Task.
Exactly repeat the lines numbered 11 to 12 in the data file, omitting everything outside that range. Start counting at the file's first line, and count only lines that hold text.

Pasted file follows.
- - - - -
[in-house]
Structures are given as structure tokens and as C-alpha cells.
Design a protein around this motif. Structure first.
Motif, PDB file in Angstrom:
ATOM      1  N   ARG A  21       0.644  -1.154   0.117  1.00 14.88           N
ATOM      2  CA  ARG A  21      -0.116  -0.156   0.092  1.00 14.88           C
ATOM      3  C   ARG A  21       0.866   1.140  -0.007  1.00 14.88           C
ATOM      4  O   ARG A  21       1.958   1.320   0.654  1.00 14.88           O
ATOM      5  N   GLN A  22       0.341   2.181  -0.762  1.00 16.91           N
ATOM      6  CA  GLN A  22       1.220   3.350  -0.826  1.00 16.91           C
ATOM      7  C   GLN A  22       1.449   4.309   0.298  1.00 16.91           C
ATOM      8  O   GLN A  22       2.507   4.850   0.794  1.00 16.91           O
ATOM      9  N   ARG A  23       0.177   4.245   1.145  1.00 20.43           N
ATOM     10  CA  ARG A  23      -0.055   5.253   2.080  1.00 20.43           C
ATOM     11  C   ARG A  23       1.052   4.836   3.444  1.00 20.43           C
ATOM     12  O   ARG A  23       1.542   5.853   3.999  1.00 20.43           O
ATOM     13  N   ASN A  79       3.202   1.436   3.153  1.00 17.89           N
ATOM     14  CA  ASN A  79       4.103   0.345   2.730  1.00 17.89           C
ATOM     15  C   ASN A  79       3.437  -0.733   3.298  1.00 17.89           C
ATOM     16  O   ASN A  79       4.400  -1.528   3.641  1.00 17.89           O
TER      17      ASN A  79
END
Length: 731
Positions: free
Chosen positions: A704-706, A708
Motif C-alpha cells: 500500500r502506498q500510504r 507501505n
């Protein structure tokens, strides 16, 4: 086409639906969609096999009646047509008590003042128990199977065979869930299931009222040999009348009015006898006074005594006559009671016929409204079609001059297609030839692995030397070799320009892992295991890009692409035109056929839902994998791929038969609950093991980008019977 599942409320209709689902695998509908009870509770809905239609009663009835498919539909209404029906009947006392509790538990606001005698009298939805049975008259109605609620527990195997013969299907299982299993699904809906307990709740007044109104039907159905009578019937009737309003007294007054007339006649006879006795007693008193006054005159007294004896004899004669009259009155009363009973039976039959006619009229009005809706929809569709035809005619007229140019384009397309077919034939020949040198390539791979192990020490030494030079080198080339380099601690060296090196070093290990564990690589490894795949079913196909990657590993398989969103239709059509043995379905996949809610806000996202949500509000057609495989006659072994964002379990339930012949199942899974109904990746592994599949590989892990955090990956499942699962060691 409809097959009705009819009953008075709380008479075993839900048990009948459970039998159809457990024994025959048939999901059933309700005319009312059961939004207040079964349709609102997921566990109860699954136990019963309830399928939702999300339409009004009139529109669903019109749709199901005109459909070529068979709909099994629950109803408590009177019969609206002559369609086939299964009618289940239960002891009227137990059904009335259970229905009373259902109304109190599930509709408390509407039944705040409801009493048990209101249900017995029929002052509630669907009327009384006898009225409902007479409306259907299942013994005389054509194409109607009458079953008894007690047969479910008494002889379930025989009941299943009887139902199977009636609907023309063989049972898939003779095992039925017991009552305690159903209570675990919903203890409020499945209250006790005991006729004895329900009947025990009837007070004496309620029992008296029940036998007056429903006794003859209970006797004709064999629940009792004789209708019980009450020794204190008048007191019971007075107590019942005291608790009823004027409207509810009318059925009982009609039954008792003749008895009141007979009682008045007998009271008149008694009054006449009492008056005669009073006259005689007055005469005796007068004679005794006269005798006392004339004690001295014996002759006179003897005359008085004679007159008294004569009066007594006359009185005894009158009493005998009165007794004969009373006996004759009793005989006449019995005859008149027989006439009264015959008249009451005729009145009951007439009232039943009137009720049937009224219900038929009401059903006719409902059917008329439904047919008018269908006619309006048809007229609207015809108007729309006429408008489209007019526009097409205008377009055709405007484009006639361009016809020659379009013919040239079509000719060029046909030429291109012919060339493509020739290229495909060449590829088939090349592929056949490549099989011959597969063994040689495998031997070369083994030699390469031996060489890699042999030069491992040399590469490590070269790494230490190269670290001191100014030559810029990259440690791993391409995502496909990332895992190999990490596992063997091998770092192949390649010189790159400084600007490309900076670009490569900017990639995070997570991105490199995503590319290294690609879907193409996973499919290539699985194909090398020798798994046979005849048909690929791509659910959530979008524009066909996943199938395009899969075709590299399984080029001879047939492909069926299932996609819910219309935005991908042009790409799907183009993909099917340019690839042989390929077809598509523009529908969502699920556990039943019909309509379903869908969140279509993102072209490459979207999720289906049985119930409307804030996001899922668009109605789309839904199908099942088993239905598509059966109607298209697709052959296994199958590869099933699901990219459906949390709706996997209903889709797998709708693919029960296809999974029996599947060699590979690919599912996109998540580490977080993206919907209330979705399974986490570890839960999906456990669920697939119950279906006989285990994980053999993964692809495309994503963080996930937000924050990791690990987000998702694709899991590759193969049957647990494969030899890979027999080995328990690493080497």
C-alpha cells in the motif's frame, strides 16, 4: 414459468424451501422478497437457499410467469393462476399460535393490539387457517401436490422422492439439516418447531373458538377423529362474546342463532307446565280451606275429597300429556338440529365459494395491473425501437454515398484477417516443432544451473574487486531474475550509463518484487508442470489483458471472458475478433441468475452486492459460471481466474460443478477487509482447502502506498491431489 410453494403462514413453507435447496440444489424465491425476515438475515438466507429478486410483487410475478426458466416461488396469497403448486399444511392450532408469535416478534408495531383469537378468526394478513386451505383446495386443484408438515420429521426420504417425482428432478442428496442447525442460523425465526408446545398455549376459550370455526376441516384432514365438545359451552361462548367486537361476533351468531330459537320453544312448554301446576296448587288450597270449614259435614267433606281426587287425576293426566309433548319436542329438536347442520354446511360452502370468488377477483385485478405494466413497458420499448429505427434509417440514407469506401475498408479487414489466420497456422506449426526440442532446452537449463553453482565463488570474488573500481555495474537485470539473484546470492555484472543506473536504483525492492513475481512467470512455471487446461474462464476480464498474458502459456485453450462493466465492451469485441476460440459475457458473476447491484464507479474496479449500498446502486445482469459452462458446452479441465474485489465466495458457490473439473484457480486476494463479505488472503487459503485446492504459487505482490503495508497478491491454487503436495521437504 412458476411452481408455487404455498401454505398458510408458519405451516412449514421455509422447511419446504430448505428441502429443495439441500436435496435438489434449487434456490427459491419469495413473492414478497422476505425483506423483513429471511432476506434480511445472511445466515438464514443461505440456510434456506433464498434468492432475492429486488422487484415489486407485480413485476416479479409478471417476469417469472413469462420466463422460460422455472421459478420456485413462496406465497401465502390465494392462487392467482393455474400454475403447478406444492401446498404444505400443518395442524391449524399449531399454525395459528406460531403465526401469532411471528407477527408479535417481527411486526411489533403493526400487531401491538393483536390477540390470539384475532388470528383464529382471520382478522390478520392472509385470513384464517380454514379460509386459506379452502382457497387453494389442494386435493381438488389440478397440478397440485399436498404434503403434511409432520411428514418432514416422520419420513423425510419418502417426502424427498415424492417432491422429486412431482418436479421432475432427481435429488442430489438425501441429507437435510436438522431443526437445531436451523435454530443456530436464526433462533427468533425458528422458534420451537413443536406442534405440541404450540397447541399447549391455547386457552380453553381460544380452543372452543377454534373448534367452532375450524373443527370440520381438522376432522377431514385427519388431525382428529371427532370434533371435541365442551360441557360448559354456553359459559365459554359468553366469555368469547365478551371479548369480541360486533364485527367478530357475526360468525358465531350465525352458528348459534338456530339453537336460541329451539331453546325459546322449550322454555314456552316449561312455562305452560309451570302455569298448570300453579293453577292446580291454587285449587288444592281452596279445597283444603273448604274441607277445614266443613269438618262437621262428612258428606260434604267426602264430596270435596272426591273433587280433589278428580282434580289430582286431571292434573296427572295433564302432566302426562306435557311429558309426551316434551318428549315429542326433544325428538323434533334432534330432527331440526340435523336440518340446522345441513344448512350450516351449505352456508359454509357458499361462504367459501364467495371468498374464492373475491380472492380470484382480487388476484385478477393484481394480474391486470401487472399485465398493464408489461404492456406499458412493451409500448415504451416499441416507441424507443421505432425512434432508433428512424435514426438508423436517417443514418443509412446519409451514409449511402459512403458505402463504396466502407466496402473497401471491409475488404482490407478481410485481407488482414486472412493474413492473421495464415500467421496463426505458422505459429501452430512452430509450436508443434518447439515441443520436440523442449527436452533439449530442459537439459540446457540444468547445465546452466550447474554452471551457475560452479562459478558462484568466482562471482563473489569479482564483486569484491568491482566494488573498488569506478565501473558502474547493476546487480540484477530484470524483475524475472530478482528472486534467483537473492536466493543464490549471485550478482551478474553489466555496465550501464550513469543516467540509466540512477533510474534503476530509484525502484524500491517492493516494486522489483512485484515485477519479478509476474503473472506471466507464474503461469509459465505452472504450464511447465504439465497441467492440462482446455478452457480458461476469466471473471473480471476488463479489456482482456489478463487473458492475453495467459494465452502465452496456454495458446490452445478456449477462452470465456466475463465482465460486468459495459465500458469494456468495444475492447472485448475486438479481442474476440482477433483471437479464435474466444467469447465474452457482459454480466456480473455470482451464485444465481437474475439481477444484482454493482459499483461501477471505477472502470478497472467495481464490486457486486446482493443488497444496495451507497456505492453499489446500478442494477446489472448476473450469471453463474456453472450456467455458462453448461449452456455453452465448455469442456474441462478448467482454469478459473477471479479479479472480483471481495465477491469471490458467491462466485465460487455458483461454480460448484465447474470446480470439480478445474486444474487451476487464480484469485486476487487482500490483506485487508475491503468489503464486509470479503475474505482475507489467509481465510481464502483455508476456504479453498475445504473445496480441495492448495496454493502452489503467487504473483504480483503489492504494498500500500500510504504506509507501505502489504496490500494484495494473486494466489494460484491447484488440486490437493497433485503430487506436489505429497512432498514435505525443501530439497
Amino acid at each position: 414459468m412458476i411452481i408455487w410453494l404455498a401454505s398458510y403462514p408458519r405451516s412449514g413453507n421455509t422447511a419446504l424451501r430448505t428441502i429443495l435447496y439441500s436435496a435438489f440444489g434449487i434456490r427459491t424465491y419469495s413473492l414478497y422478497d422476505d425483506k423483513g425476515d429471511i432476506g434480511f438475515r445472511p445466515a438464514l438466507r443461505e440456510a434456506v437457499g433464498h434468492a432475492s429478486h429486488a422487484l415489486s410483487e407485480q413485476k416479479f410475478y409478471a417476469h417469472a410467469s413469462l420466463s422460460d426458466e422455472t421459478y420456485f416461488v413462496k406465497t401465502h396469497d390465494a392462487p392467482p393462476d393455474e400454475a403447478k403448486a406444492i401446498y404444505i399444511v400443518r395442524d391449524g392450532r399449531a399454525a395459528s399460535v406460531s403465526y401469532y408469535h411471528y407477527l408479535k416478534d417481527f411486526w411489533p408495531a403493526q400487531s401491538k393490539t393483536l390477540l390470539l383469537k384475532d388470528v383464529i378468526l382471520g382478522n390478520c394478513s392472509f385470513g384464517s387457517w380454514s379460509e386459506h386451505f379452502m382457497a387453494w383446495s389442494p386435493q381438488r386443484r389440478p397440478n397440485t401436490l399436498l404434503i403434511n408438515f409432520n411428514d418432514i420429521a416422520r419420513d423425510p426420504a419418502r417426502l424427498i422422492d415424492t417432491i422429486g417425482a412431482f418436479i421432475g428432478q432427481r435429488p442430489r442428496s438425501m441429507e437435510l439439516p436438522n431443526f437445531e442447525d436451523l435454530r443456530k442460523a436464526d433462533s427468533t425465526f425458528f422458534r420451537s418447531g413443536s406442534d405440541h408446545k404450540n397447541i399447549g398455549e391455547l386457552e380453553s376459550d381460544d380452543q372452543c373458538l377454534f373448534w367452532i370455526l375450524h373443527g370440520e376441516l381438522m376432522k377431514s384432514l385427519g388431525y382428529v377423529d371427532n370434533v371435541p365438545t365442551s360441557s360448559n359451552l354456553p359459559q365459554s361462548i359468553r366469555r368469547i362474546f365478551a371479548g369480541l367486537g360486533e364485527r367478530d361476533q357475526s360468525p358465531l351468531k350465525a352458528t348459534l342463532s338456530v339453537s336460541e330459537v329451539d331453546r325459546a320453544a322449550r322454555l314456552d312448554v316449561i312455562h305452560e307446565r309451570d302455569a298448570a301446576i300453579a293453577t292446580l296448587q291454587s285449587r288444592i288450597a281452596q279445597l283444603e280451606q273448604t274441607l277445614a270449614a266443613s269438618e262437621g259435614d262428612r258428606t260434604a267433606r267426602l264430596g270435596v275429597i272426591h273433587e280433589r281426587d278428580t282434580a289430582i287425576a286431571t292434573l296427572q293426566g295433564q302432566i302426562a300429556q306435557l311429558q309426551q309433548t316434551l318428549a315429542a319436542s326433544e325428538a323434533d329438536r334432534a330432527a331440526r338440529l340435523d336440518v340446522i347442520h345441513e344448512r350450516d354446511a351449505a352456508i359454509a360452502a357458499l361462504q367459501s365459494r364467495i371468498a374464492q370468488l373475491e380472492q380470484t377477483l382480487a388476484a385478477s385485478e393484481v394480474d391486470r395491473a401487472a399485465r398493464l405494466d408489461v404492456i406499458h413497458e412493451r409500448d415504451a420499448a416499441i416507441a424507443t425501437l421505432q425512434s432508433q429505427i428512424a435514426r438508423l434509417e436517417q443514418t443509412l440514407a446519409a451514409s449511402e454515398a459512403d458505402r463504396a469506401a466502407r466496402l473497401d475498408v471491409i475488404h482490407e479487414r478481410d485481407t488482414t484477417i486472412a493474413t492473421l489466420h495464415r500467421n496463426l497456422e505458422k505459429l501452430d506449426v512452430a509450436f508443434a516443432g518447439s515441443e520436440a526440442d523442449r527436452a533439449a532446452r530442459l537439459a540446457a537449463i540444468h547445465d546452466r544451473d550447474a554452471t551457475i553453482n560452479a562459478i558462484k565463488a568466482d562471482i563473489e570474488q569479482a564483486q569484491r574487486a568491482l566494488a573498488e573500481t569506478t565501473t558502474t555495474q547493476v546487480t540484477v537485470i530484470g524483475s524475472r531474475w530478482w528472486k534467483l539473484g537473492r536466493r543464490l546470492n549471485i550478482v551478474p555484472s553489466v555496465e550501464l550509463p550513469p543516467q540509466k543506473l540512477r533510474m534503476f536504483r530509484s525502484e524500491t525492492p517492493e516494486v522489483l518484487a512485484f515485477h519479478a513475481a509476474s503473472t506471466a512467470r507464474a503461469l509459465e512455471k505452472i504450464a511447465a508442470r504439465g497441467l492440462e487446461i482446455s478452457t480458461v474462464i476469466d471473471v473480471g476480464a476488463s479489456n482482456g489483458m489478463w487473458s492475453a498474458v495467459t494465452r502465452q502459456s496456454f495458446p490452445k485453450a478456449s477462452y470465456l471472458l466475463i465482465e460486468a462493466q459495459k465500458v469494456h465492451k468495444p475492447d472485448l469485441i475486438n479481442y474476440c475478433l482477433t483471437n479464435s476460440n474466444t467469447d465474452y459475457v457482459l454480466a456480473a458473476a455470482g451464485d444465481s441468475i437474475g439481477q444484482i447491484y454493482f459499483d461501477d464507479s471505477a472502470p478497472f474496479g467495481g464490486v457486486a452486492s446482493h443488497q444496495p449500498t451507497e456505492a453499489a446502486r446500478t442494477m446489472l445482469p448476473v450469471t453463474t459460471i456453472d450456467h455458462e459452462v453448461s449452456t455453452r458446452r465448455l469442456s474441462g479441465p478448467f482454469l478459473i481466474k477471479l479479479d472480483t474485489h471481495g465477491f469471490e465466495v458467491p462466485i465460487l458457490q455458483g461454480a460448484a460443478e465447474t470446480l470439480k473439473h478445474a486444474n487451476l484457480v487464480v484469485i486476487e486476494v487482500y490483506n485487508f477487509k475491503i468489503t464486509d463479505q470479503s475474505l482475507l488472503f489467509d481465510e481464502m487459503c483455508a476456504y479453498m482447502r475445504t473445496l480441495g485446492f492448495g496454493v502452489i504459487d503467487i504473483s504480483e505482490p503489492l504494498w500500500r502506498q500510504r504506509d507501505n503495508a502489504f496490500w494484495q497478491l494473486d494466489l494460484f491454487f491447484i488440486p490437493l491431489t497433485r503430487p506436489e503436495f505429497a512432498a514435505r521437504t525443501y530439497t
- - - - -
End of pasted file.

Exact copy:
ATOM      7  C   GLN A  22       1.449   4.309   0.298  1.00 16.91           C
ATOM      8  O   GLN A  22       2.507   4.850   0.794  1.00 16.91           O